Raised Bed Gardening Blog

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Water

Water. Every drop counts. Here in the desert Southwest, we all MUST try to conserve and contain water as much as we possibly can. That was one of the premises of Grow Y'own at the beginning, and continuously. These beds are highly water retentive, and they recycle it through condensation and then drip-release, over and over. They act along the same principles as a terrarium, in that once the water is inside the beds and under the covers, it takes a much longer time to dissipate than in an outdoor garden that's exposed to the sun and wind. I have clients that haven't watered their beds in the Winter for 2-3 months, and finally open them up and they have growing plants. And outside the beds, mulch is the key for healthier plant growth, as well as 'welling'. Due to the caliche (clay) content in our soil, most water that falls from the sky is either evaporated, or runs off. So its very important to contain it as much as we can. The drops you save today, could be the tipping point for the plants that will ultimately sustain you.

Edible Landscaping

Edible Landscaping. Maybe this is the year your rip out that Bermuda grass, and replace it with something you can eat! A field of mint, English thyme crawling amongst flagstones, red orach covering the ground in deep purple, violets and violas intermingled with sorrel bushes and mounds of herbs. Along your walls and fences, a beautiful array of different-colored amaranths, sunflowers, artichokes, peas, beans, and so much more. Surely the squirrels and rabbits can't eat everything! Share the wealth, and have plenty left over to give to friends, neighbors, shelters, and family. And if planting 'out in the open' is just impossible because of critters, then do it in a Grow Y'own raised bed, and have the protection from the heavy-duty UV sun, the intense, abrasive winds, and all animals. See more at growyown.com, but THIS Summer, increase your bounty many fold, and think and grow beyond your normal boundaries.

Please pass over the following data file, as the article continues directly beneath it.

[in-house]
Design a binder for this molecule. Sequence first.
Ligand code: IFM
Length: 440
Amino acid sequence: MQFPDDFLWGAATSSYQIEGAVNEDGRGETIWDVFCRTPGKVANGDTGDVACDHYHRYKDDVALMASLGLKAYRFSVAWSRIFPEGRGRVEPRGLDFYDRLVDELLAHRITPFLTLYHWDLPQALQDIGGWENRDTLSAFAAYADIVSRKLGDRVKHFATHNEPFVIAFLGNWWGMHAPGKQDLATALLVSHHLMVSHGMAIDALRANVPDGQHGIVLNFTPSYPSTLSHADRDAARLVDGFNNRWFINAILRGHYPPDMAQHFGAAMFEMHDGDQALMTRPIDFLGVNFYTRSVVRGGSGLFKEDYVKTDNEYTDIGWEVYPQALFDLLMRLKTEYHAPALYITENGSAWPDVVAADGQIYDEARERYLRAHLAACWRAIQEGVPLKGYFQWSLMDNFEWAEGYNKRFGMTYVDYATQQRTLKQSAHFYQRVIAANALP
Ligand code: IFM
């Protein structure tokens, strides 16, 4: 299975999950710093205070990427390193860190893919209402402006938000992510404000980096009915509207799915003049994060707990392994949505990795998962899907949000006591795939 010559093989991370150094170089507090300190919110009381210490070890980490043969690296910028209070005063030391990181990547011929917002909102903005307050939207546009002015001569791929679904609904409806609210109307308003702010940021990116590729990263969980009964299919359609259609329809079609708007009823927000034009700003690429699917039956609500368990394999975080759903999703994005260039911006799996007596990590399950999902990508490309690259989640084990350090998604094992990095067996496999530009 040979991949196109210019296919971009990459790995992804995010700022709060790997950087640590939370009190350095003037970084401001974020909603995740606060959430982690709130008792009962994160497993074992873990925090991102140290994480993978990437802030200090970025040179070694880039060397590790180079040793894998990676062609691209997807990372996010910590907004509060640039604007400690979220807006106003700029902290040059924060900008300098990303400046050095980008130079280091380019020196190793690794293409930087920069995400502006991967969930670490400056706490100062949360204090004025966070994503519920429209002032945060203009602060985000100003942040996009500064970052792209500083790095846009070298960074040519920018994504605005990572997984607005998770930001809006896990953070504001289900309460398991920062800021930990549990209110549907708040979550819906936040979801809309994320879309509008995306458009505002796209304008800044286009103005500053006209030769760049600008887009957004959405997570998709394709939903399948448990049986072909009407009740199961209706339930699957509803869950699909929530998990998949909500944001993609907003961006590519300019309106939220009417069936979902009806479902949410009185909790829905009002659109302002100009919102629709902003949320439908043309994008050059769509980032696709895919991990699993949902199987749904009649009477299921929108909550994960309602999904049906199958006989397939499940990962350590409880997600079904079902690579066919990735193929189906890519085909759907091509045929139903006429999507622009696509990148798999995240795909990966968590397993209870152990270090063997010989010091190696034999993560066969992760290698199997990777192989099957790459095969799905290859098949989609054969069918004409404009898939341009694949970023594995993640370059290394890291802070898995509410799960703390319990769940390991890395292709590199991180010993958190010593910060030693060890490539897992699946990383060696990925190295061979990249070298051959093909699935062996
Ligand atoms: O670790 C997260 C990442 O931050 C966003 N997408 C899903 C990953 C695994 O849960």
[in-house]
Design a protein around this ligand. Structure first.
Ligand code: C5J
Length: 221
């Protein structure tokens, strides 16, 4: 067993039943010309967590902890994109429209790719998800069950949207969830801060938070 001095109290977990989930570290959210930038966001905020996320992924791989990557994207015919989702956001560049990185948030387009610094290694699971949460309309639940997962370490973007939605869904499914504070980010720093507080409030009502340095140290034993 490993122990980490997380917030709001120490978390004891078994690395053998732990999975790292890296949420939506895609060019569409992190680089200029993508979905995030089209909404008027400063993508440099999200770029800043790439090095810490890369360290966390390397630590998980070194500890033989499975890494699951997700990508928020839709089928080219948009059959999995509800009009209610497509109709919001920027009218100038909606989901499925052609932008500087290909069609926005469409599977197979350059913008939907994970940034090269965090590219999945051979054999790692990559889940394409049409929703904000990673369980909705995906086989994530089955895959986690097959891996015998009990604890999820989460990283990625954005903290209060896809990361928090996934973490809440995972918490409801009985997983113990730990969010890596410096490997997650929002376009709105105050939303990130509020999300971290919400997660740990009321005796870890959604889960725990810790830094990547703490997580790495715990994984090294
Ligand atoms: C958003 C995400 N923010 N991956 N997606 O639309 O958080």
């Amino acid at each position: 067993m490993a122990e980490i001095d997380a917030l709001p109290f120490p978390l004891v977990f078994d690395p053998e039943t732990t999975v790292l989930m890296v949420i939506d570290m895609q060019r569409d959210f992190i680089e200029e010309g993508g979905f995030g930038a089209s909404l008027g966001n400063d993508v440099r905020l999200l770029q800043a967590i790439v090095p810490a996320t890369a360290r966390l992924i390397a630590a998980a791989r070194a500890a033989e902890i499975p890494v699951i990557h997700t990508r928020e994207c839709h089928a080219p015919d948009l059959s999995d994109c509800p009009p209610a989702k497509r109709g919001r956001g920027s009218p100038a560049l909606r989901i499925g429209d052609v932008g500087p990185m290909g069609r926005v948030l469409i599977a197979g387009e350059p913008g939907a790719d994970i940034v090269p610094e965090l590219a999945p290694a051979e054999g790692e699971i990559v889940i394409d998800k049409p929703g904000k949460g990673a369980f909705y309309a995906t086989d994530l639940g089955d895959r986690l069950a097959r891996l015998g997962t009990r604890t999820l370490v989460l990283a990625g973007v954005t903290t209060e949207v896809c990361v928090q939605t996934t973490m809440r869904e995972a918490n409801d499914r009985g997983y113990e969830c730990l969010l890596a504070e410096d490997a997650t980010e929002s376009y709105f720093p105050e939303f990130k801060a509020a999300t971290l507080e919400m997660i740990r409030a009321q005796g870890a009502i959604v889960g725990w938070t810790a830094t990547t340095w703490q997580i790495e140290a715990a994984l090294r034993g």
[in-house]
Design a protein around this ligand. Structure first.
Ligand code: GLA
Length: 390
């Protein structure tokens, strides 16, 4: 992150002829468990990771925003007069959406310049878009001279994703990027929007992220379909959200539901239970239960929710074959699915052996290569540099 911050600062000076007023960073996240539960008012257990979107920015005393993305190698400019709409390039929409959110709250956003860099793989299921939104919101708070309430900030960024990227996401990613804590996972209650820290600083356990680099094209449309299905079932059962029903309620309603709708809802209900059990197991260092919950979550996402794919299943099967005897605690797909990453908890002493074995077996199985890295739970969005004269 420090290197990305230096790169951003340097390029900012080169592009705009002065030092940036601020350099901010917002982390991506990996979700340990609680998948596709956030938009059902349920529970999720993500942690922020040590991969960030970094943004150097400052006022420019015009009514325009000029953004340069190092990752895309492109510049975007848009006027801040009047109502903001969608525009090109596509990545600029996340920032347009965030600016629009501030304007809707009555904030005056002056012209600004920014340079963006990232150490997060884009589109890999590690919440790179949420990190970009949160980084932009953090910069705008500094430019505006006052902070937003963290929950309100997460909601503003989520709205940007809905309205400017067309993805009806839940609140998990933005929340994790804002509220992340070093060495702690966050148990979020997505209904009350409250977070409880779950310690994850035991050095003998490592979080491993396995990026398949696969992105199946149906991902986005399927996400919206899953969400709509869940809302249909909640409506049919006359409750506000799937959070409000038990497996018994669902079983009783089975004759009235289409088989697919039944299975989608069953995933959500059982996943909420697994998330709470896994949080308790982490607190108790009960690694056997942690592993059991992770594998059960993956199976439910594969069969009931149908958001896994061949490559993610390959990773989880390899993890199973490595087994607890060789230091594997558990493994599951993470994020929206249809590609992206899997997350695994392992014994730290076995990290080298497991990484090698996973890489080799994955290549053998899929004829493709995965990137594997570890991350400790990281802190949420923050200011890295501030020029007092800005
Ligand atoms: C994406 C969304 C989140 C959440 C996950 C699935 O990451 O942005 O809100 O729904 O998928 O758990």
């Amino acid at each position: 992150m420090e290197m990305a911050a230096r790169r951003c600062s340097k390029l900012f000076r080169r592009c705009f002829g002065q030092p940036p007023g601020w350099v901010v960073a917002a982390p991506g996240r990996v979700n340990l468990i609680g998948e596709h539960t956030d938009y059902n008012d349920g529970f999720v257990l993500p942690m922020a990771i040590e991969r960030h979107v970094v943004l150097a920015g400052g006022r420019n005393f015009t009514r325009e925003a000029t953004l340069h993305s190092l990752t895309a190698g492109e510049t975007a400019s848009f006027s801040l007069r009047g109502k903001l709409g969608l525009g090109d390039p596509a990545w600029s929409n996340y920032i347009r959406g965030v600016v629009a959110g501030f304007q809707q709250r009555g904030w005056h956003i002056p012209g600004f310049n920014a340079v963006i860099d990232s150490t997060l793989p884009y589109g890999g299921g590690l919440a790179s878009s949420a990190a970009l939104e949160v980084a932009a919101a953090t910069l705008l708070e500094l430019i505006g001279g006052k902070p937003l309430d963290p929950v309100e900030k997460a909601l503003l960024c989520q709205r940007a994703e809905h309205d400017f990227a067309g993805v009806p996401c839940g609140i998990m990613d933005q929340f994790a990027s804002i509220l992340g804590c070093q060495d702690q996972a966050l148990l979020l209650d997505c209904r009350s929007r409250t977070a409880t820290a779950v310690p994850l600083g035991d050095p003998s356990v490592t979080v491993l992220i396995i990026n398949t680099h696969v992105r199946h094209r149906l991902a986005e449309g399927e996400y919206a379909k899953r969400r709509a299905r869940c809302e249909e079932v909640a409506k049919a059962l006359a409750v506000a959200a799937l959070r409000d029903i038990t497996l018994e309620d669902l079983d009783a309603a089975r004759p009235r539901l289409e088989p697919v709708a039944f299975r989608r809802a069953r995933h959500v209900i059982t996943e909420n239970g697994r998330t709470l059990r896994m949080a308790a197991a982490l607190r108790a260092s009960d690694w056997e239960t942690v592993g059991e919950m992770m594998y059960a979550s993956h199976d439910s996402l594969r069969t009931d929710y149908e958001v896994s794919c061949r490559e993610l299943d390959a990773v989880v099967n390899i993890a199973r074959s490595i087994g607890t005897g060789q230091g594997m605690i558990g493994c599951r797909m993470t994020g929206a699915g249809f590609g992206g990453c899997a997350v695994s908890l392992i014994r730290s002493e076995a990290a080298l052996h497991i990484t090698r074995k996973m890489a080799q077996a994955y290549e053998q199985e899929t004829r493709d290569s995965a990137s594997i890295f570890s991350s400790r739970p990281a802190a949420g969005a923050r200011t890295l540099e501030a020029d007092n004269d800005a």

Canning

Canning. Its dead of Winter in Idaho, 1977. Outside its -40, and the snow is piled 6' high on the level. The snowfall last night measured about 2' of pure powder 'feathers'. The only way to get out, is to go out a window, slide down a bank, shovel out the door, and escape! There's no way the country road is going to be plowed today, tonight, or maybe even tomorrow. No chance to go for food at the local grocery. And THAT'S when you're SO glad you went to the extra effort to can fruits and veggies last Fall. So you go into your pantry, look at the fine array of goods, and pick out what you want for dinner that night. What a feast!

   Canning is too easy not to do it in the Fall. The remuneration is immense, and delicious. A bunch of quart and pint Ball jars, a canning pot, a container of salt, some sugar if you're doing fruits, and water. Meditation time while you're slipping skins off of peaches, tomatoes, or pears, or chopping up chunks of squash, beets, or onions, destemming beans, or making up a future ratatouille or creamed corn batch. All the effort will be rewarded later when you're yearning for the taste of fresh food, and the remembrances of picking, washing, preparing, and canning it, especially if it came from your Grow Y'own raised bed gardens!

   'Keeping the Harvest' is a wonderful compendium of canning how-to's. You CAN do it. Its un-CAN-ny how easy it is. So summon up that CAN-do energy, go get some supplies, choose your favorite fruits and veggies, and look forward to the compensation that surely will be yours when you truly want it.

Shishitos